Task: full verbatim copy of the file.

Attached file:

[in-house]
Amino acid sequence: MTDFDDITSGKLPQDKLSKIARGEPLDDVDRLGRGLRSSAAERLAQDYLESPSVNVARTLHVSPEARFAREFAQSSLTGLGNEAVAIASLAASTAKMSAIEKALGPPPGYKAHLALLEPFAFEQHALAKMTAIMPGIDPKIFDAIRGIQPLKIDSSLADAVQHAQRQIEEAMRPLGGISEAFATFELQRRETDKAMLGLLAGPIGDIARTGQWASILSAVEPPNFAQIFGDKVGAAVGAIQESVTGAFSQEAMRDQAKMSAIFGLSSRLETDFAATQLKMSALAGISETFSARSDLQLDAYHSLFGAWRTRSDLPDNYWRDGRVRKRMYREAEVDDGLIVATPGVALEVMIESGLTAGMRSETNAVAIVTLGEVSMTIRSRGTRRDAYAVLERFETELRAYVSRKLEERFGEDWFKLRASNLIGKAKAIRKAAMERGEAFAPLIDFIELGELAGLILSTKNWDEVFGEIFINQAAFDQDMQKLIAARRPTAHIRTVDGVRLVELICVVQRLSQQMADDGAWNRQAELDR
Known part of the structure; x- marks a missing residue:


[in-house]
Amino acid sequence: MTDFDDITSGKLPQDKLSKIARGEPLDDVDRLGRGLRSSAAERLAQDYLESPSVNVARTLHVSPEARFAREFAQSSLTGLGNEAVAIASLAASTAKMSAIEKALGPPPGYKAHLALLEPFAFEQHALAKMTAIMPGIDPKIFDAIRGIQPLKIDSSLADAVQHAQRQIEEAMRPLGGISEAFATFELQRRETDKAMLGLLAGPIGDIARTGQWASILSAVEPPNFAQIFGDKVGAAVGAIQESVTGAFSQEAMRDQAKMSAIFGLSSRLETDFAATQLKMSALAGISETFSARSDLQLDAYHSLFGAWRTRSDLPDNYWRDGRVRKRMYREAEVDDGLIVATPGVALEVMIESGLTAGMRSETNAVAIVTLGEVSMTIRSRGTRRDAYAVLERFETELRAYVSRKLEERFGEDWFKLRASNLIGKAKAIRKAAMERGEAFAPLIDFIELGELAGLILSTKNWDEVFGEIFINQAAFDQDMQKLIAARRPTAHIRTVDGVRLVELICVVQRLSQQMADDGAWNRQAELDR
Known part of the structure; x- marks a missing residue: